PACE225-22S1 (C) Semester One 2022

Workplace Skills and Corporate Social Responsibility

15 points

Start Date: Monday, 21 February 2022
End Date: Sunday, 26 June 2022
Withdrawal Dates
Last Day to withdraw from this course:
  • Without financial penalty (full fee refund): Sunday, 6 March 2022
  • Without academic penalty (including no fee refund): Sunday, 15 May 2022


As a student, you will be given the opportunity to work with a business to formulate a project proposal that furthers its corporate social responsibility objectives through community engagement. Making a difference to a community as well as to your own career and workplace skills development are key objectives of this course. The course is open to students from all disciplines.

The world of work is moving faster than ever before.  While university core subjects are key, so are the practical skills that you will need to solve local and global challenges of the future. This course is designed to simulate a work situation, where in small teams (as in any workplace) you will work together on campus in a supported environment.  Your task will be to assist a business (Hawkins Construction) by creating a project proposal for them that has a positive societal impact upon a particular community.

What does this course cover?
• The essentials of working in a team, how to research and write up a project plan and other workplace skills, like communication and problem-solving and must-have te reo Māori and tikanga for working in Aotearoa New Zealand
•      Learn what corporate social responsibility is and why it matters to everyone in today’s world.
•      Create your own Career Development Portolio which plots the workplace workplace skills you have at the start of the course, those that you develop during the course, finally resulting in a tool for your future career planning purposes.
• Having received tuition in presenting and engaging with “your audience”, present a Project Proposal in person with your team-mates, which seeks to meet organisational CSR objectives and community impact outcomes.
• A consideration of ethical issues associated with community engagement and “social washing”.

Learning Outcomes

By the end of this course, students will be able to
The learning outcomes for this course are:

1.    Apply the knowledge, skills and attributes acquired from their university studies to the project.
2.    Formulate a comprehensive project plan and professionally communicate recommendations for action.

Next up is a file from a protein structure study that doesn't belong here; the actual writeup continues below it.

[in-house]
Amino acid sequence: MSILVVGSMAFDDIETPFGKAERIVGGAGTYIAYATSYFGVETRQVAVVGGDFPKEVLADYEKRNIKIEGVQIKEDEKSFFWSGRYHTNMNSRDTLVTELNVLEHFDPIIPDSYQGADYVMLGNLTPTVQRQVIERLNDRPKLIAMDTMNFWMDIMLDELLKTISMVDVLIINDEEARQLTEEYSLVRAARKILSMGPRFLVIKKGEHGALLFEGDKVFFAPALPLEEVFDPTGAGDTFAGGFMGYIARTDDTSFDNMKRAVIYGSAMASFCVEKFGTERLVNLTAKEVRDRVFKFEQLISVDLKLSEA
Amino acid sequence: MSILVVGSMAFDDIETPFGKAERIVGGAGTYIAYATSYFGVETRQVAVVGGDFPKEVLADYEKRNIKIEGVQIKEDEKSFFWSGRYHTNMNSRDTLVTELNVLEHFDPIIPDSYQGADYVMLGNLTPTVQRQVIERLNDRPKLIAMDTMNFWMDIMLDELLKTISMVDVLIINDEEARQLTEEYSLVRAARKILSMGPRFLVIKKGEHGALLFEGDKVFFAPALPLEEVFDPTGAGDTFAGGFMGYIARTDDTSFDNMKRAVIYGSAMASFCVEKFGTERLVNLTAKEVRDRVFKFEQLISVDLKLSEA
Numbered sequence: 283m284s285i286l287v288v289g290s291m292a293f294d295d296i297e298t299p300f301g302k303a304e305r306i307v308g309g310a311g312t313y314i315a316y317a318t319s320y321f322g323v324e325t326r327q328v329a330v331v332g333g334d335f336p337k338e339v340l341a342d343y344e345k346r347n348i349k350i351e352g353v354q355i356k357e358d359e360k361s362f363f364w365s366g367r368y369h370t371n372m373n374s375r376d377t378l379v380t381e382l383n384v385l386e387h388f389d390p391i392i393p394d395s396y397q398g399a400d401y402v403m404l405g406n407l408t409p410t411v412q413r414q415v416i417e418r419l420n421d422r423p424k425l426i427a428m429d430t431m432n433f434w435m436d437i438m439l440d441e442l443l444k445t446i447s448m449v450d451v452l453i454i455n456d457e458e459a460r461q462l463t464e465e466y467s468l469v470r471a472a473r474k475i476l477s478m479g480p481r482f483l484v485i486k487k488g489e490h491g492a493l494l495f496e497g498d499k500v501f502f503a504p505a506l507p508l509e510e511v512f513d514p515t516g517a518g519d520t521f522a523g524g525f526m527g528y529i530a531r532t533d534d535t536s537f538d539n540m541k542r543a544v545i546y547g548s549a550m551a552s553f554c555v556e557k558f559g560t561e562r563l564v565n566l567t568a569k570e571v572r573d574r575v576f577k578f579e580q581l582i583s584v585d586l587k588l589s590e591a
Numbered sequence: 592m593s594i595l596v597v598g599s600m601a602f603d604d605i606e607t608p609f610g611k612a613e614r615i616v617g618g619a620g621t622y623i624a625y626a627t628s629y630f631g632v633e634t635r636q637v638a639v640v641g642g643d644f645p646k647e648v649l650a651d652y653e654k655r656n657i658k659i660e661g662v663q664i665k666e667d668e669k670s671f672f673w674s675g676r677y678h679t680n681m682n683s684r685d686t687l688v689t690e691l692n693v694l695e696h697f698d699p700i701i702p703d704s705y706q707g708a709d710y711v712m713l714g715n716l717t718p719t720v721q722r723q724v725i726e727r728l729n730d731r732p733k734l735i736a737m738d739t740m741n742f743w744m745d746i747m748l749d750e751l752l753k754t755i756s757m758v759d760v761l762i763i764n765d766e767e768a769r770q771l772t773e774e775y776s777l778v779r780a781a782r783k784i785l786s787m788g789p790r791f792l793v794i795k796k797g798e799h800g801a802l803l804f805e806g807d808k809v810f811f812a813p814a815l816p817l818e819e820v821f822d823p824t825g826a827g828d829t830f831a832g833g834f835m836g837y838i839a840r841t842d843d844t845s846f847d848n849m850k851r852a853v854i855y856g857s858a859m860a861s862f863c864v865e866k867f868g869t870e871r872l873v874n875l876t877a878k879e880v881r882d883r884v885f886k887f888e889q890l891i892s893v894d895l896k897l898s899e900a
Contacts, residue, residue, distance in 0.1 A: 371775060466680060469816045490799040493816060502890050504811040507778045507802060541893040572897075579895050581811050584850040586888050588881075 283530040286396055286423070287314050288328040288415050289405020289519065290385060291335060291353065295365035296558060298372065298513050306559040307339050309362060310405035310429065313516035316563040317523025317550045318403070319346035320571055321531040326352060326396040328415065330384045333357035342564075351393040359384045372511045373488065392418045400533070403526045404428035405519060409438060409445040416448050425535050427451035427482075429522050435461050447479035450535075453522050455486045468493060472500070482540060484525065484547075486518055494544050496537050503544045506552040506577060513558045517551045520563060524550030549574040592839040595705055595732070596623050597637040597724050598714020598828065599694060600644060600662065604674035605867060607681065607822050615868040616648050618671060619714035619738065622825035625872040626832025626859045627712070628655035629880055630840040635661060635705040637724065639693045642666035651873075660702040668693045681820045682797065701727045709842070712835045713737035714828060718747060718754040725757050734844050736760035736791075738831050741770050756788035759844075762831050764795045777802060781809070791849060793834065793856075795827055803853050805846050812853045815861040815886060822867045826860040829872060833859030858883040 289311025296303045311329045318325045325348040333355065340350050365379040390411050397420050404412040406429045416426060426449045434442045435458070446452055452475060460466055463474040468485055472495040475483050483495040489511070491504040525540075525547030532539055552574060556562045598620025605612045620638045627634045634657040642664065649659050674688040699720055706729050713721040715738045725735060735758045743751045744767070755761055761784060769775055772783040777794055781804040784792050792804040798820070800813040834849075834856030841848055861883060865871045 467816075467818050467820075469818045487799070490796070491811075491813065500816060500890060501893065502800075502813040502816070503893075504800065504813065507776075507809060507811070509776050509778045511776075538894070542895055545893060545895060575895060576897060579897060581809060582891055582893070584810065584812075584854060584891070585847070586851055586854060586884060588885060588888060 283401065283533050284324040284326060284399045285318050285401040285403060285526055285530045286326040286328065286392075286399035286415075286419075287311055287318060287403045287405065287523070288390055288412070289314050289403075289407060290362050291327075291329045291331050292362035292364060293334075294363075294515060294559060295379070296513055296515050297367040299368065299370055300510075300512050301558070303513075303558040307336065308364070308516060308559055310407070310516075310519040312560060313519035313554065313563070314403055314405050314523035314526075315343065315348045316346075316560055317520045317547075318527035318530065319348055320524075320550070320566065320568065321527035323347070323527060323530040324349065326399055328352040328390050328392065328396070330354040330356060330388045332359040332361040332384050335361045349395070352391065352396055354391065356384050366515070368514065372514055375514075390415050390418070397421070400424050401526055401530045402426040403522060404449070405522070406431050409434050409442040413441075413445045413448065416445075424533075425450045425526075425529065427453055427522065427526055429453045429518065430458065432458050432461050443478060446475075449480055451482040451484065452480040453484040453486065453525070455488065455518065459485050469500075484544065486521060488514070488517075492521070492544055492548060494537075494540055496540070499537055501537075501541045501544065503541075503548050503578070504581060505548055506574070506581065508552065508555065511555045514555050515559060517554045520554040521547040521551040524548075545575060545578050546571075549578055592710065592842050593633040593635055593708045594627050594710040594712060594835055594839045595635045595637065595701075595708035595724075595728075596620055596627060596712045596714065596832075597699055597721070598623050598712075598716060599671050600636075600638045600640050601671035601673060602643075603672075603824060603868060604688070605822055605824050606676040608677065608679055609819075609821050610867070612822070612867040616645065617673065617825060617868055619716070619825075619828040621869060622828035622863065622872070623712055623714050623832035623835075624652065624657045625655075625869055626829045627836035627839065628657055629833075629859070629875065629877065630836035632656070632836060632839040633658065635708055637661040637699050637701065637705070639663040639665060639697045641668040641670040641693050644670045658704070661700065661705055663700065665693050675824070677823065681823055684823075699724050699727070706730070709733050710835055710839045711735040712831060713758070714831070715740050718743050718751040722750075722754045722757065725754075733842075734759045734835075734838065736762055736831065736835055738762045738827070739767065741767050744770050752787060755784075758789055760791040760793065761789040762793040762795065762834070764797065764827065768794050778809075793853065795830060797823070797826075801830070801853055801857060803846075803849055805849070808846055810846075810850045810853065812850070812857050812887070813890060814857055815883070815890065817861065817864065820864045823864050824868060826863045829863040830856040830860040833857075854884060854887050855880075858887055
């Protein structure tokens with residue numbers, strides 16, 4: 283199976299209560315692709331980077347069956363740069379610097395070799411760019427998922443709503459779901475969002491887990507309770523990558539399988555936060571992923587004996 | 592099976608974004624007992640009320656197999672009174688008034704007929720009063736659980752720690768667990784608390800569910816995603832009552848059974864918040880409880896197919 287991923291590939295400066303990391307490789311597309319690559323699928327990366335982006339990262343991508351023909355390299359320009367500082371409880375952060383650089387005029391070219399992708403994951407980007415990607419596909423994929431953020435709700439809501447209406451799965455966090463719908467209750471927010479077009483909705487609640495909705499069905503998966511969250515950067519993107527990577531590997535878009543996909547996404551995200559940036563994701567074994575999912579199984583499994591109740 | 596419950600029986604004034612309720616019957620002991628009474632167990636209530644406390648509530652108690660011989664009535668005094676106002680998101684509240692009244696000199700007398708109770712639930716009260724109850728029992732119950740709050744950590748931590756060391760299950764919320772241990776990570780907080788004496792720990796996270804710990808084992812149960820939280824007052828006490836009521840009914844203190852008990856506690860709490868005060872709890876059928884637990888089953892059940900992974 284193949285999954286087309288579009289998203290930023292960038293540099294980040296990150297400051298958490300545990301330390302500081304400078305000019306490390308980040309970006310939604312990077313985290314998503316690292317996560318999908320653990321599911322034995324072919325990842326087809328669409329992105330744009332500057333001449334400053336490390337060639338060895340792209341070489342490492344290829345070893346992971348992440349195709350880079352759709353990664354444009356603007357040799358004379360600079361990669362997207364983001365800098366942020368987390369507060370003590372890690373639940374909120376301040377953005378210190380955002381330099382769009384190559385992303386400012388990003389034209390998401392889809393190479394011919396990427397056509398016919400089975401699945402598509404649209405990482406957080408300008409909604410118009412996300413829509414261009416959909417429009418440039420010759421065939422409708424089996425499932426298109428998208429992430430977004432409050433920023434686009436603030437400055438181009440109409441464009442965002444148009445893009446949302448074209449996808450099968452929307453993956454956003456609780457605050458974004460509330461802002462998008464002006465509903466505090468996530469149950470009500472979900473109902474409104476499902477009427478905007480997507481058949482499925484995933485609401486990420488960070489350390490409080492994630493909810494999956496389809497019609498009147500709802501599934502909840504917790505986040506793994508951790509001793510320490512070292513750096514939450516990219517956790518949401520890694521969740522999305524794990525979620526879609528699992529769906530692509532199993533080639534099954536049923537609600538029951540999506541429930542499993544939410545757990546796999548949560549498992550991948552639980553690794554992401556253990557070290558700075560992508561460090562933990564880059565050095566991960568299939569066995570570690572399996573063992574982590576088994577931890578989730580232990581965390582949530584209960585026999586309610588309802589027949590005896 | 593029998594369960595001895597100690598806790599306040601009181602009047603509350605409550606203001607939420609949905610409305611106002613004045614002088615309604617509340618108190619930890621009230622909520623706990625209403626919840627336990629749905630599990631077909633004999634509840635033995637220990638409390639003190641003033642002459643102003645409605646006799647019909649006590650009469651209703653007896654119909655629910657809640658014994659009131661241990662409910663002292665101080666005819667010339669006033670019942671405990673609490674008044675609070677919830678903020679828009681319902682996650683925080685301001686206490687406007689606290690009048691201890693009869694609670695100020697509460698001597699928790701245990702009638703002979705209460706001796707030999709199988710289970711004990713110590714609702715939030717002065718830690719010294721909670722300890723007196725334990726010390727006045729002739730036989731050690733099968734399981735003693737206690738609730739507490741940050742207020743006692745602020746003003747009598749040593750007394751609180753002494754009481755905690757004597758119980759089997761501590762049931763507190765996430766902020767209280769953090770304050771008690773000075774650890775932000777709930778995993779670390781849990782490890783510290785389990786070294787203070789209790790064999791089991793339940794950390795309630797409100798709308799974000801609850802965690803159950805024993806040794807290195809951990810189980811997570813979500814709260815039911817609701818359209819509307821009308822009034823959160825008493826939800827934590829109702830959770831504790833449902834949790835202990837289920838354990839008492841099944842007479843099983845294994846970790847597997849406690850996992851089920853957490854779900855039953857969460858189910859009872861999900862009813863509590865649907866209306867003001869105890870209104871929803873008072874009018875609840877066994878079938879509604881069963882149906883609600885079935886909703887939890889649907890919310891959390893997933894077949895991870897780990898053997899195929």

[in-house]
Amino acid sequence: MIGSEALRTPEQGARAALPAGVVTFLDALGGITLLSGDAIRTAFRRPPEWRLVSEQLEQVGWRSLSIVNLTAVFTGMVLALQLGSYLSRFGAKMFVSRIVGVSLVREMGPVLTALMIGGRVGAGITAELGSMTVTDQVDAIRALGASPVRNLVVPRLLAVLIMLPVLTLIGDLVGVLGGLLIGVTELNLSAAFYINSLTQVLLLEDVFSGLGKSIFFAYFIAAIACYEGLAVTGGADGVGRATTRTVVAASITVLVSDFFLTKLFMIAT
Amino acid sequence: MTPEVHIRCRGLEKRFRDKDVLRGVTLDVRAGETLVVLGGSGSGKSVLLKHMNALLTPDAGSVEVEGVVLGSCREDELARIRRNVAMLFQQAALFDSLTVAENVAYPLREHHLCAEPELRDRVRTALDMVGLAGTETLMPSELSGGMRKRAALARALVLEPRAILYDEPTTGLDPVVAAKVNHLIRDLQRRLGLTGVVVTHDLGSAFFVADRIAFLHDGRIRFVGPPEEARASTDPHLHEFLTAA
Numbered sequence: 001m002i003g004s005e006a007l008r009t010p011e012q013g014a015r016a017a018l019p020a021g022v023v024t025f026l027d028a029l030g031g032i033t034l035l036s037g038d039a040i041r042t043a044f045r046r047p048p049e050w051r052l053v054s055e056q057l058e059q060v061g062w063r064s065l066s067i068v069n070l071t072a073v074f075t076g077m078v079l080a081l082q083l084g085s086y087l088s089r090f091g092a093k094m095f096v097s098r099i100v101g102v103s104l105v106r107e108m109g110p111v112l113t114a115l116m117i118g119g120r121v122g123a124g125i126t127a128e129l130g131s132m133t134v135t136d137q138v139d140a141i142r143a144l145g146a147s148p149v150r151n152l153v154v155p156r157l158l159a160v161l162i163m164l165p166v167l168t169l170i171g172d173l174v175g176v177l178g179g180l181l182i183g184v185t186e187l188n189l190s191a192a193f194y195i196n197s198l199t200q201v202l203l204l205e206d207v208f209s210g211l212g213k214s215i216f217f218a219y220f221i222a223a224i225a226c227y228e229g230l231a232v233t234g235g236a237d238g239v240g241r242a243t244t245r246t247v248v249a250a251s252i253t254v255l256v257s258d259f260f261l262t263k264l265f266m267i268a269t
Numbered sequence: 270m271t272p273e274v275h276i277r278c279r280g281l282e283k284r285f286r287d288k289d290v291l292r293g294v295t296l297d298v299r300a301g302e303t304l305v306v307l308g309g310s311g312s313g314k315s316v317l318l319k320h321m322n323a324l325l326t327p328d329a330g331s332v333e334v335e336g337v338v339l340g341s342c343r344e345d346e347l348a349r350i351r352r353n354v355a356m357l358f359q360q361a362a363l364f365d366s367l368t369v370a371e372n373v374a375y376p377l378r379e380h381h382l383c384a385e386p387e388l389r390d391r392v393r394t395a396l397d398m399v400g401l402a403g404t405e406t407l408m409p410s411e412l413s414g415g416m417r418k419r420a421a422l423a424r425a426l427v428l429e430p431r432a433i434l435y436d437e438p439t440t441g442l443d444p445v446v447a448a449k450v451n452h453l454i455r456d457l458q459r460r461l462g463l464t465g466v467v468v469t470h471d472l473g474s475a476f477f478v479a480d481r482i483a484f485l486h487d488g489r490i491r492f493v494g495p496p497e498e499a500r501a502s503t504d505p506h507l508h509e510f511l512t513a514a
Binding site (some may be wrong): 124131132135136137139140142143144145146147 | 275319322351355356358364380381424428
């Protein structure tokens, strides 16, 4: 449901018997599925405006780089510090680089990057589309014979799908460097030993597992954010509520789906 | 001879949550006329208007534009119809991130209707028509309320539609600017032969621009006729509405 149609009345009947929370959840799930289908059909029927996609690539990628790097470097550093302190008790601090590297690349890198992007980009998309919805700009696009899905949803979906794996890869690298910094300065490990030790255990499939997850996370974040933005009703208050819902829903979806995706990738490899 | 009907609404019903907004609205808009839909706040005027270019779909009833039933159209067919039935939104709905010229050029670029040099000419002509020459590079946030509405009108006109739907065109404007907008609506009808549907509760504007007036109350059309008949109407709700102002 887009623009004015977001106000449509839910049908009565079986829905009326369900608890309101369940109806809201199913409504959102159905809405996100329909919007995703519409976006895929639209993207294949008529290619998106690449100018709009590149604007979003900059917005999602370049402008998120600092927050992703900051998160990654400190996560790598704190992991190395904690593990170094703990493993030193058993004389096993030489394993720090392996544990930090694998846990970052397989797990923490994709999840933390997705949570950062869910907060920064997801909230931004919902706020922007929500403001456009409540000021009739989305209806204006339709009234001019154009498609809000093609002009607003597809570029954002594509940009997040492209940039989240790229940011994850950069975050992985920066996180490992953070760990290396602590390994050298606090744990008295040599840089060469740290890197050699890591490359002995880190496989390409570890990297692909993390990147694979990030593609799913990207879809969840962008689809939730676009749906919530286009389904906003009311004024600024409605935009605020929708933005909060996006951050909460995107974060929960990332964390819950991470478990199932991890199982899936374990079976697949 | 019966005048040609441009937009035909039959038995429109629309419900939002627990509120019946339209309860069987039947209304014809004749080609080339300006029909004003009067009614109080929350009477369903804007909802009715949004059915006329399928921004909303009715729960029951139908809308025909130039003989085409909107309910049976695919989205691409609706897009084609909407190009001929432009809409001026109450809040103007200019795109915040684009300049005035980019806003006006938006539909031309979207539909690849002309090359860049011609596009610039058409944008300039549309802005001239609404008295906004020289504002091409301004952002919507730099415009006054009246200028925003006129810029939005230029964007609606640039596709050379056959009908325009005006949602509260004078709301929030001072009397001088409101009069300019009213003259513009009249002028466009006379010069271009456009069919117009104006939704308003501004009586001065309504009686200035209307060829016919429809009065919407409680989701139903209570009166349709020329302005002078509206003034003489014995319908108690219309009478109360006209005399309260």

3.    Have a basic understanding of corporate social responsibility and be able to describe associated ethical issues.
4.    Acquire, articulate and apply a range of transferrable employability skills and attributes such as research, teamwork, problem-solving and showing initiative.
5.    Apply basic understanding of work-related tikanga and te reo Māori.
6.    Reflect on their Career Development Learning including the skills and attributes developed throughout the course, and consider how to use the same for future career planning purposes.

University Graduate Attributes

This course will provide students with an opportunity to develop the Graduate Attributes specified below:

Employable, innovative and enterprising

Students will develop key skills and attributes sought by employers that can be used in a range of applications.

Biculturally competent and confident

Students will be aware of and understand the nature of biculturalism in Aotearoa New Zealand, and its relevance to their area of study and/or their degree.

Engaged with the community

Students will have observed and understood a culture within a community by reflecting on their own performance and experiences within that community.


Any 60 points at any level from any subject.

Course Coordinator

Antonio Viselli

This course includes contributions from guest speakers from national and local businesses, community advocates, project management, social enterprise and stakeholder engagement.


Assessment Due Date Percentage 
Project Plan (team) 15%
Project Proposal and Presentation (team) 35%
Career Development Portfolio 40%
Attendance and Participation 10%

Textbooks / Resources

Suggested background reading:
• Bathhurst J. Ralph The Good, The Bad and the Downright Ugly Side of New Zealand Business, 2019.
• Kopnina, Helen, and John Blewitt. Sustainable business: Key issues. Routledge, 2015.
• Hart, Stuart L. Capitalism at the crossroads: Next generation business strategies for a post-crisis world. FT Press, 2010.


For more information about this course please contact

Indicative Fees

Domestic fee $799.00

International fee $3,600.00

* All fees are inclusive of NZ GST or any equivalent overseas tax, and do not include any programme level discount or additional course-related expenses.

Limited Entry Course

Maximum enrolment is 50

For further information see Faculty of Arts .

All PACE225 Occurrences

  • PACE225-22S1 (C) Semester One 2022